Guest Post By Jen Rofe, Literary Agent
I learned about tact when I was 12 years old, courtesy of my brother, who was 10. The story goes like this: My uncle, in his later 30s at the time, was dating “Diana,” who my brother and I weren’t fond of. We didn’t think she was particularly nice. Then, as I remember it, my family went on vacation to Hawaii and a week later my uncle picked us up from the airport with a different woman in tow, Judy. Loudly, and in front of everyone, my brother asked: “What happened to Diana?” That’s when my uncle taught him the word “tact.” We ultimately ended up with an Aunt Judy and a couple of awesome cousins.
This is one of my favorite family stories to recall. It’s a fun example of how youthful naivete can make for an awkward moment and learning opportunity. I’m not yet a parent, so I can mostly only imagine the challenge of teaching children some of the big concepts like “tact.” Children are granted grace for their lack of brain-to-mouth filters, and they have the superpower ability to say and do the most embarrassing things at the most inopportune times. Like my friend’s toddler who, when he and his father came across a man legitimately wearing an eye patch, loudly proclaimed, “Look, Dad, it’s a pirate!” Or the time my friend’s two-year-old daughter decided to strip in a department store and dance in front of the make-up counters. Or when my friend’s son chose to announce, in Target, which number his mother performed in the bathroom.
These stories came to mind a few months ago when I discovered the New York Times bestselling picture book Cookies: Bite-Size Life Lessons by Amy Krouse Rosenthal and illustrated by Jane Dyer (HarperCollins 2005). This entirely charming book teaches some of the big concepts like Pride, Respect, Greed, Regret, and Trustworthiness in connection to making, eating, and sharing chocolate chip cookies.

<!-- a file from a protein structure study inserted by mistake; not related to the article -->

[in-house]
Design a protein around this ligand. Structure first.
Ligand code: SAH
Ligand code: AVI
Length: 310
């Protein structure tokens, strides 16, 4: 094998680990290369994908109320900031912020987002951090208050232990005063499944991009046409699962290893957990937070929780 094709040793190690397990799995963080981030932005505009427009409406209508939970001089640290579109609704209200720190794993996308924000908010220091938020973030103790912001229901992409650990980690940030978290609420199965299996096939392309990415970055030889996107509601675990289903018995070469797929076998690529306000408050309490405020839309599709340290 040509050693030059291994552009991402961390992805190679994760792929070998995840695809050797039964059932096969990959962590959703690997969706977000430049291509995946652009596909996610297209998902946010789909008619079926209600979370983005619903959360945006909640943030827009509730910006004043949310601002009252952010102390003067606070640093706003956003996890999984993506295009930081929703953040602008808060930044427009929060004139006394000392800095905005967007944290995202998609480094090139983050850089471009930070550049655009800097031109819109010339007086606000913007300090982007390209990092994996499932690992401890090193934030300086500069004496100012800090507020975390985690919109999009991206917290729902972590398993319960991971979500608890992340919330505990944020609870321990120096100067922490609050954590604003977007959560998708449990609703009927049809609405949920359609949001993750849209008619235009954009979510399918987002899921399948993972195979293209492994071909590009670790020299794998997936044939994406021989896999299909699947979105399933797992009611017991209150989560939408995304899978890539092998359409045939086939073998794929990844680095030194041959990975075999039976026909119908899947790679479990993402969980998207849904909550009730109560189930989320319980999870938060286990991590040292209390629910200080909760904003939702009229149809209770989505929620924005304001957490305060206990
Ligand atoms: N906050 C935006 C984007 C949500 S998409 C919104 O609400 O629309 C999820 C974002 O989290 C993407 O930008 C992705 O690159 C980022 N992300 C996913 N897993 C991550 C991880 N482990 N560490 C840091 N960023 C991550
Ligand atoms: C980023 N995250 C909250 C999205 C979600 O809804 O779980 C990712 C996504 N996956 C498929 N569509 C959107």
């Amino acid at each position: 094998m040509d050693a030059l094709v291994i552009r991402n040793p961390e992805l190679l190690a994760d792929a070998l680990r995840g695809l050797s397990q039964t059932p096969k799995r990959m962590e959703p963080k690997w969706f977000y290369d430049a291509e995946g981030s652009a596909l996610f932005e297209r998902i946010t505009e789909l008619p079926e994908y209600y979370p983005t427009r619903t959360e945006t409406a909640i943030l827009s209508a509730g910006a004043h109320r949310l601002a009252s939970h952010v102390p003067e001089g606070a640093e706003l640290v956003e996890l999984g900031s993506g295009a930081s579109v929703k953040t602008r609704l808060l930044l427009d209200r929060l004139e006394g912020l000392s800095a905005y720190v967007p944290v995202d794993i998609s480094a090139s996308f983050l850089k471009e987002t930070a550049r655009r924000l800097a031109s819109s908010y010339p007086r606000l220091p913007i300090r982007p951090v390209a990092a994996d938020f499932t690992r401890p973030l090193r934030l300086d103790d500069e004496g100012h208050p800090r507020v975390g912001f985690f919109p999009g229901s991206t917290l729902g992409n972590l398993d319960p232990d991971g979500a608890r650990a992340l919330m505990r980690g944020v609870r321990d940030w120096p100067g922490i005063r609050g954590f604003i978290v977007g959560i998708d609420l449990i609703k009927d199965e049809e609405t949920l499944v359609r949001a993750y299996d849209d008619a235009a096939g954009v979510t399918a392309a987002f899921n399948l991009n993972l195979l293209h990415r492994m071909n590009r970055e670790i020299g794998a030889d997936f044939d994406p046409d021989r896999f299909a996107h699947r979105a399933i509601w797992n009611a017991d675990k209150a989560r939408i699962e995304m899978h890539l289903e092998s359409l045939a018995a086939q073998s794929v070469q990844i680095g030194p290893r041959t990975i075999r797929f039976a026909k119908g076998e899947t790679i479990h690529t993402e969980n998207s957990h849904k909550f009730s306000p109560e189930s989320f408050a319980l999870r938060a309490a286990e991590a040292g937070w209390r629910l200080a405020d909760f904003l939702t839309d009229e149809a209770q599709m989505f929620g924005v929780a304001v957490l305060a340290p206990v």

How do you teach children about Trustworthiness? Like so: “Trustworthy means, If you ask me to hold your cookie until you come back, when you come back, I will still be holding your cookie.” And Modesty? “Modest means you don’t run around telling everyone you make the best cookies, even if you know it to be true.” The whimsical and wonderfully unexpected illustrations of children interacting with anthropomorphized animals add another layer of charm to this book. I particularly enjoy the image for REGRET — a brown and white bunny reclines in a chair, his hands on his protruding belly and the top button of his trousers undone. We all know the regret of eating too many cookies.
An added bonus – a recipe for chocolate chip cookies in the back.
Today, I’m excited to offer a give-away of Cookies: Bite-Size Life Lessons. For the chance to win, simply use the raffelcopter widget below to leave a comment here telling Bump Life about an embarrassing moment with your child (other ways to get more entries below also!). Two winners will be chosen and announced next Friday (9/7)
You can learn more about Amy Krouse Rosenthal and her other books, including the follow-ups to Cookies: Bite-Size Life Lessons, at http://www.whoisamy.com/.
Jen Rofé is a literary agent at the Andrea Brown Literary Agency. You can follow her on Twitter at @jenrofe.